- Differential Diagnosis Lyme disease
- Lyme disease Consultations
Choosing A Test
Differential Diagnosis Of Lyme Disease
There is a growing spectrum of Lyme disease cases beyond the oligoarticular arthritis described in children and adults in the index cases of 1977.
Diagnosing Lyme disease
One of the frustrations with the Centers for Disease Control and Prevention (CDC) surveillance case definition has been its failure to include the broad range of manifestations seen with the disease.
Chronic Lyme Disease (CLD) has emerged as an umbrella term for the broad range of chronic manifestations of Lyme disease. The National Institutes of Health (NIH) trials enrolled three categories of individuals with chronic manifestations of Lyme disease: 1) Lyme encephalopathy, 2) persistent symptoms after Lyme disease with negative serologies, and 3) post-Lyme syndrome. The term post-Lyme disease syndrome (PLDS) was coined based on the NIH assumption that Lyme disease has been adequately treated after a 2 to 3 week course of antibiotics. Yet, there are no validated tests to rule out persistent infection in Lyme disease. The term CLD typically does not assume that a short-term course of antibiotics is adequate to cure a patient of Lyme disease.
CDC Surveillance Case Definition
Many physicians will mistakenly defer to the CDC case definition of Lyme disease in making a diagnosis. These clinicians require that patients meet this strict and narrow criteria in order to be diagnosed with the disease.
However, this definition was designed as a surveillance monitoring tool to track the number of Lyme disease cases throughout the country. It was not meant to be used in making a clinical diagnosis. Still, even when patients meet the CDC criteria, there can be a delay in diagnosis. A delay that can have long-lasting consequences for the patient.
Dr. Daniel Cameron & Associates ─ Practice & Research conducted a study which found 32% of Lyme disease patients (who were confirmed by an ELISA and 5 or more positive bands on an IgG Western blot) had an average treatment delay of 1.8 years. Of these, 60% conformed to the CDC surveillance criteria ─ presenting with an EM rash, Bell’s palsy, or arthritis. Yet, there was still a diagnostic delay. And as a result, these patients were significantly more likely to fail their initial antibiotic treatment. 
Lyme disease Consultations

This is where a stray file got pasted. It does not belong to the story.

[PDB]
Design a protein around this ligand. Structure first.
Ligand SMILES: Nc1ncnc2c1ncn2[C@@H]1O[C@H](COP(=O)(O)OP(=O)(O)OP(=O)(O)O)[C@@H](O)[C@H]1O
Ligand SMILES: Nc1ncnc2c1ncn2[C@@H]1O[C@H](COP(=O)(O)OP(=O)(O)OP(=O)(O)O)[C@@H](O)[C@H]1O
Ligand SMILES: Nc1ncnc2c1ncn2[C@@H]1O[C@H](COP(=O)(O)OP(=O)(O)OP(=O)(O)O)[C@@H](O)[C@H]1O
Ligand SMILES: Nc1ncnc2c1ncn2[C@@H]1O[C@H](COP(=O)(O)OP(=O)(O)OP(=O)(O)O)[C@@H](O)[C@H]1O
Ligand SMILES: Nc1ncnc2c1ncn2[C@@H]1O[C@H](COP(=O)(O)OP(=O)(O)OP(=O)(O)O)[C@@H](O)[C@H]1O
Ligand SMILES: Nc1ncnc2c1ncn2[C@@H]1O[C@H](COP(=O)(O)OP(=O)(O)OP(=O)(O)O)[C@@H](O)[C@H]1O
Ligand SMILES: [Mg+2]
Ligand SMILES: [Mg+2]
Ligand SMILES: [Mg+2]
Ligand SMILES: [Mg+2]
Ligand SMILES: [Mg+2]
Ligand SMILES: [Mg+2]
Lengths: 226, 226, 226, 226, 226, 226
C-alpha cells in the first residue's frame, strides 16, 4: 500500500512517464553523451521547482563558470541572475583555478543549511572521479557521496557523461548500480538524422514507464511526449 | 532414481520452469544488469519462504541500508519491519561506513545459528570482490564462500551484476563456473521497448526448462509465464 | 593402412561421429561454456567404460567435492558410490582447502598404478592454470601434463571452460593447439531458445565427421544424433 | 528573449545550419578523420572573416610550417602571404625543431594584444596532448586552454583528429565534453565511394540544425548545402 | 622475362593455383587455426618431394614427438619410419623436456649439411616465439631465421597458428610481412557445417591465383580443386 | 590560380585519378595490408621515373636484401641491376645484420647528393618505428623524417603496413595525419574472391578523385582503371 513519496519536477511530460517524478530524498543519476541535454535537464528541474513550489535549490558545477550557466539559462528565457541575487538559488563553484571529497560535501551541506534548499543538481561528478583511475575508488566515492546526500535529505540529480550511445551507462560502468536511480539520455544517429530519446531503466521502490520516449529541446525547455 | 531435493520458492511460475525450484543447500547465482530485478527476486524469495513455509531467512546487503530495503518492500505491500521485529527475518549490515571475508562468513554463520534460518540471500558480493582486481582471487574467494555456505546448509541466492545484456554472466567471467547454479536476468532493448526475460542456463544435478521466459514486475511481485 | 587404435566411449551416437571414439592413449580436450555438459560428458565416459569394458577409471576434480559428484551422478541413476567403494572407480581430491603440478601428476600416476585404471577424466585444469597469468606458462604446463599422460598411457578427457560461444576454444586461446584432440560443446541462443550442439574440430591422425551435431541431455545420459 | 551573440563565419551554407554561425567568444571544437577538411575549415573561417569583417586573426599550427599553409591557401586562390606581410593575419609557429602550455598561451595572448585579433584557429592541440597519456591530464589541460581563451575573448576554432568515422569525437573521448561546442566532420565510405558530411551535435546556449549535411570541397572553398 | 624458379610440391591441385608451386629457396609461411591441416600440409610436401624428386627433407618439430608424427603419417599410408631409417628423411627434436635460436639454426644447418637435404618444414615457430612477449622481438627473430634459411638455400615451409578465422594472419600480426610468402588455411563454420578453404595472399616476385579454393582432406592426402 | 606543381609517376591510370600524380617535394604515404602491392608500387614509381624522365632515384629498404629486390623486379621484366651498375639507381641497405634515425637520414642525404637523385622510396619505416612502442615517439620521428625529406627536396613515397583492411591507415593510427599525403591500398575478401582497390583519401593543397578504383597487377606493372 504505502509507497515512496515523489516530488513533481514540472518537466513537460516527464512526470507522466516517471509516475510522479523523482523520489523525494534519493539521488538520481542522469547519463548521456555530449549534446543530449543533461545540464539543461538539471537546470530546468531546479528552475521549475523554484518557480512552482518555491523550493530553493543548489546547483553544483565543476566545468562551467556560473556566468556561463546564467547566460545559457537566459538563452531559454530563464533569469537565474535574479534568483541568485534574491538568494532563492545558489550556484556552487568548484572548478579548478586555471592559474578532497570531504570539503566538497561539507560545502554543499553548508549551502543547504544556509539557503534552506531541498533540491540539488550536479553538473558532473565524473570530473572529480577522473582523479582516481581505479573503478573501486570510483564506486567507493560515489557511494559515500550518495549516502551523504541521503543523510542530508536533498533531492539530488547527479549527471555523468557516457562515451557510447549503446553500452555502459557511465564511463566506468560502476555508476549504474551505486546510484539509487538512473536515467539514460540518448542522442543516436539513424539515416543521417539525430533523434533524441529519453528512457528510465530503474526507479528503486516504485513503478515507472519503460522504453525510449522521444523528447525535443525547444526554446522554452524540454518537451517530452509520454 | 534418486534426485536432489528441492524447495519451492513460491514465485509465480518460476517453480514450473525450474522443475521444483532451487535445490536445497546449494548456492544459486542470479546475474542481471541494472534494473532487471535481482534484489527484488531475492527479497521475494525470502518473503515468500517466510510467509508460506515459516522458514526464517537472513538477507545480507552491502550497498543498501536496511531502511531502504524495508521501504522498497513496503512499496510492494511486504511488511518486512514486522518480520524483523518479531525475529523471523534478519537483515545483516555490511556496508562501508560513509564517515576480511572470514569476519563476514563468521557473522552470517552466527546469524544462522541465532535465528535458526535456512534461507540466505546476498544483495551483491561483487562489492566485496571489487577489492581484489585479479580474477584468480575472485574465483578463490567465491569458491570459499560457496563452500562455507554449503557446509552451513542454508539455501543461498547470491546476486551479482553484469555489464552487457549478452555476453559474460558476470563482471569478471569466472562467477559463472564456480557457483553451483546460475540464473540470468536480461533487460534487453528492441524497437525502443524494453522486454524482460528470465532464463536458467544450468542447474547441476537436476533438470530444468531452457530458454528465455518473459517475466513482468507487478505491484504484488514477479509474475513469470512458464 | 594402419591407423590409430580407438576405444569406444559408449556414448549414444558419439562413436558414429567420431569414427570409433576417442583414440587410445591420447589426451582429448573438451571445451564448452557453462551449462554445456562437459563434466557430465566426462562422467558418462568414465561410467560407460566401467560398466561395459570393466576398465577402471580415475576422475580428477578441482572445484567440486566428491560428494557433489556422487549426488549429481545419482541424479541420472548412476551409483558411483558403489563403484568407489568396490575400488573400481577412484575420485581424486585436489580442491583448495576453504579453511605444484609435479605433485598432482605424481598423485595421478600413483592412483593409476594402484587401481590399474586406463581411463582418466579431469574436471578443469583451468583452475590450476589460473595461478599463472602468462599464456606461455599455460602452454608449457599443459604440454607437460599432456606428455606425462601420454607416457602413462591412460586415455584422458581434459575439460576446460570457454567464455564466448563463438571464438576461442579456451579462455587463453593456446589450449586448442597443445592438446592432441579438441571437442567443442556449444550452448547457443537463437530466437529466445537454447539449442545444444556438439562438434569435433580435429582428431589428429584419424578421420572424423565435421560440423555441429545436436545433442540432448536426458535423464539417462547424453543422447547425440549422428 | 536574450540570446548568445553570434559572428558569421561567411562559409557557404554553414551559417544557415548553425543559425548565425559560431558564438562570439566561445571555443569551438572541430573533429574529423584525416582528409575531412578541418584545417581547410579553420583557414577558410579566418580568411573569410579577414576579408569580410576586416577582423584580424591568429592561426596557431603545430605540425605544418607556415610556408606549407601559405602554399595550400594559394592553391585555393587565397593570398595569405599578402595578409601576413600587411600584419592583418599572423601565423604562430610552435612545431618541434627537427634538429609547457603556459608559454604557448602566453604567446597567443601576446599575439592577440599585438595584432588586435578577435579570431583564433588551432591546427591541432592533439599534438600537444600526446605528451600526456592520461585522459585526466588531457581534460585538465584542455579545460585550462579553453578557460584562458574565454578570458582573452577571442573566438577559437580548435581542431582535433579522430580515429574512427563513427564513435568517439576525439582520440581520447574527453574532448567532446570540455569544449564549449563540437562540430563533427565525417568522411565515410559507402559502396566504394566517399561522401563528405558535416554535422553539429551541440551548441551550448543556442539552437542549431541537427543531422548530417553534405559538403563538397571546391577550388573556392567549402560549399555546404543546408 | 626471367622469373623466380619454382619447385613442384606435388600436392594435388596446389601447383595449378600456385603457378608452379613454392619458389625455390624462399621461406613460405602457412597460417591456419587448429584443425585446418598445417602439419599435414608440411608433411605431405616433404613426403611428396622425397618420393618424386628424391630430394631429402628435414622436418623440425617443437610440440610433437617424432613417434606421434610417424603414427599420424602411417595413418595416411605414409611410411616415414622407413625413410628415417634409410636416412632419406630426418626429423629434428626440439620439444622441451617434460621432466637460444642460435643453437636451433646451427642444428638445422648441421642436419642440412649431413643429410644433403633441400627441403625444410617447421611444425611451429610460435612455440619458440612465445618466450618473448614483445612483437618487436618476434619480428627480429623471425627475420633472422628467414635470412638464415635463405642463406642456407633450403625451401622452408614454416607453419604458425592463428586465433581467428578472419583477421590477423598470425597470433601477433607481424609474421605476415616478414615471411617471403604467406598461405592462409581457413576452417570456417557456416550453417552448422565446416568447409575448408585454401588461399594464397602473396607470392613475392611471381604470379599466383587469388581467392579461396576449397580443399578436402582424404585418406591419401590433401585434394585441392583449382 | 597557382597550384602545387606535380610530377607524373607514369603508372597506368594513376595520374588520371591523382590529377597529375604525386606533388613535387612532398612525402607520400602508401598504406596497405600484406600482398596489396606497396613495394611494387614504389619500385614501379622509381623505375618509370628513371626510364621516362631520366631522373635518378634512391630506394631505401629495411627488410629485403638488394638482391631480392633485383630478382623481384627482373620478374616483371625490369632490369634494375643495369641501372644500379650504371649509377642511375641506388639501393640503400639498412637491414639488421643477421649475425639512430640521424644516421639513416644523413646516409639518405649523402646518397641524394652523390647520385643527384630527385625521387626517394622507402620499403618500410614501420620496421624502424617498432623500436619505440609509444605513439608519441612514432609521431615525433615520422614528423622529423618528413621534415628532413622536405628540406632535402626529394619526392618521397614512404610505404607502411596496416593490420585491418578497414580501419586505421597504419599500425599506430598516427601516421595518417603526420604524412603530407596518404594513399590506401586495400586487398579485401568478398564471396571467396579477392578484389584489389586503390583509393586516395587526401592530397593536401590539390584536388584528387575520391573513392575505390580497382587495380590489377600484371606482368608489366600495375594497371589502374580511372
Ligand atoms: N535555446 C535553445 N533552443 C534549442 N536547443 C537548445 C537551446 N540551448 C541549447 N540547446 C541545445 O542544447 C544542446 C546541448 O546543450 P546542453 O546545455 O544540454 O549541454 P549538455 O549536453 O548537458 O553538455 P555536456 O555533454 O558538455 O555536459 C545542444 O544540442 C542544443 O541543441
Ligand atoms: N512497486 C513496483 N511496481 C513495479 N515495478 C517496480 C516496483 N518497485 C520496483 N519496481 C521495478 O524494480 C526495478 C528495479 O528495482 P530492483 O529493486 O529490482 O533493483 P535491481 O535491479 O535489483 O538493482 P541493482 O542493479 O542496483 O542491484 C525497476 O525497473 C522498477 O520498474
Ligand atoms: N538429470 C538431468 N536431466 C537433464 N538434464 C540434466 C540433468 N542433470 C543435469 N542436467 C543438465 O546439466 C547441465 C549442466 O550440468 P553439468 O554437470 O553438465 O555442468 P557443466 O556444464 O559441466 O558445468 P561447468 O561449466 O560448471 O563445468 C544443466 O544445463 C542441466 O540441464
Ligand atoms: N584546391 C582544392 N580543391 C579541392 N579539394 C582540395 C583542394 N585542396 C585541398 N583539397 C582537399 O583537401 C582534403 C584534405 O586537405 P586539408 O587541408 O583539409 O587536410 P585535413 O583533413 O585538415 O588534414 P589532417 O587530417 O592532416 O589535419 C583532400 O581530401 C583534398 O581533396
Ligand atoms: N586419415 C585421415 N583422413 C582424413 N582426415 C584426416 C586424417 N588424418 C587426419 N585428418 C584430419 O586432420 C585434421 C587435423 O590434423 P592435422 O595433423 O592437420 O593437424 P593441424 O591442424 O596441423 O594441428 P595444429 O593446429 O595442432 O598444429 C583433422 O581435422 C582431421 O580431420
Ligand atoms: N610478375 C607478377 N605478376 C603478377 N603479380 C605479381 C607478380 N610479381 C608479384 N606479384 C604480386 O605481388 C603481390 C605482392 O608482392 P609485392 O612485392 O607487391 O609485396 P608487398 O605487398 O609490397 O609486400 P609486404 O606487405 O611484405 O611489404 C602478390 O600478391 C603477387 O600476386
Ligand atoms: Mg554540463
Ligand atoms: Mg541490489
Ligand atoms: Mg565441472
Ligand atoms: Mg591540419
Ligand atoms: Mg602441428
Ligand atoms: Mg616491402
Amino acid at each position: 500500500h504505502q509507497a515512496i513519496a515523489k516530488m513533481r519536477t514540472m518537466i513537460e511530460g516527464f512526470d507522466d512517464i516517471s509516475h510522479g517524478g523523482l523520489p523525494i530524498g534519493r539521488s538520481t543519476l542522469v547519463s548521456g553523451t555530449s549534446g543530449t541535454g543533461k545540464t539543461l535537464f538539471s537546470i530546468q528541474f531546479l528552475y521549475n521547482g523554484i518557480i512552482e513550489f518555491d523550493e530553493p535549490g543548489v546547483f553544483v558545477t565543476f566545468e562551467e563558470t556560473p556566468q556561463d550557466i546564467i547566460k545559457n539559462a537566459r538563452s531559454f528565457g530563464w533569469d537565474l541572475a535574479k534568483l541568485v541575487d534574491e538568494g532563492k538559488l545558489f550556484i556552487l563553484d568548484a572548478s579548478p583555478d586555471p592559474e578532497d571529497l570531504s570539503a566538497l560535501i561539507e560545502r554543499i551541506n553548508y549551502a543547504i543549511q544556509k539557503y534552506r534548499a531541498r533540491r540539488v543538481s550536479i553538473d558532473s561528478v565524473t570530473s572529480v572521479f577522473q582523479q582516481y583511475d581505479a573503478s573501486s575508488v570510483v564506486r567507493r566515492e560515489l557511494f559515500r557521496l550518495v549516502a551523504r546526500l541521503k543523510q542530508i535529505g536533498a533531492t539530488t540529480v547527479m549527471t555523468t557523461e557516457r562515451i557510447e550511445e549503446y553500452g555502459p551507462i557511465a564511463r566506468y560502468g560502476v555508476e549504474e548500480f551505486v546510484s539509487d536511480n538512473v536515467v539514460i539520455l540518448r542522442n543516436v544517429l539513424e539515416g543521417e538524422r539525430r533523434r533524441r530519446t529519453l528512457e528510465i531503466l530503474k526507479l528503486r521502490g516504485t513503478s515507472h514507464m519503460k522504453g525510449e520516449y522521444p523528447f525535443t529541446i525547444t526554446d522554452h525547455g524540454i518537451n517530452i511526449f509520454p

Lyme disease Consultations
Clinically diagnosing Lyme disease is not easy. This is a multi-systemic disease.
The full range of symptoms needed to recognize the disease may not be apparent to a physician during a routine examination. Objective signs (EM rash, Bell’s palsy, etc.) may be absent. Symptoms may be atypical or nonspecific. Clinical presentations may be attributed to other medical conditions, such as Chronic Fatigue Syndrome or Fibromyalgia. Or, some patients may not associate certain symptoms with Lyme disease and fail to report these to their doctor.
Therefore, engaging a patient to obtain a thorough medical history and possible tick exposure is important. Using checklists of symptoms seen in Lyme disease cases and reviewing with a patient may be helpful. Patients may not recognize their symptoms are related to Lyme disease.
Physicians can miss the diagnosis if they don’t look at all of the patient’s symptoms together. Clinicians tend to focus on individual symptoms, such as fatigue or arthritis, and treat only those. It should be a red flag when a patient reports a rash, fever, joint pains and fatigue.
Consultations with appropriate specialists and additional diagnostic testing may become necessary to rule out other illnesses. Laboratory testing typically includes kidney function tests (blood urea nitrogen and creatinine), thyroid, renal, and hepatic panel, serum electrolytes, Antinuclear Antibody (ANA), Rheumatoid Factor (RF), Thyroid Stimulating Hormone (TSH), Erythrocyte Sedimentation Rate (ESR), Rapid Plasma Reagin (RPR), Complete Blood Count (CBC), Electrocardiogram (EKG), and Urinalysis (UA).
“He who knows syphilis knows medicine,” said the Father of Modern Medicine, Sir William Osler, at the turn of the 20th century. Dr. Cameron says, “He who knows Lyme disease knows medicine” at the turn of the 21st century. Both conditions have been characterized as ”The Great Imitator.“
References – Choosing A Test
- Cameron DJ. Consequences of treatment delay in Lyme disease. J Eval Clin Pract, 13(3), 470-472 (2007).
The growing number of infectious diseases carried by ticks; the emergence of new vector-borne diseases; the unreliability of laboratory tests; and the complexity of symptom presentations and variations in each patient make Lyme disease one of the most perplexing and elusive medical conditions to identify. learn more →
Lyme disease should be diagnosed clinically, without reliance on testing. However, all too often, physicians will ignore clinical presentations if laboratory tests are negative. Yet there are numerous scientific articles documenting false negatives and low sensitivity of such tests. learn more →
Lyme disease and syphilis have both been coined “the great imitator.” Lyme disease symptoms may be similar to other medical conditions, making diagnosing a challenge. The Borrelia burgdorferi (Bb) spirochete is an evasive organism which can penetrate virtually any organ or system in the body.learn more →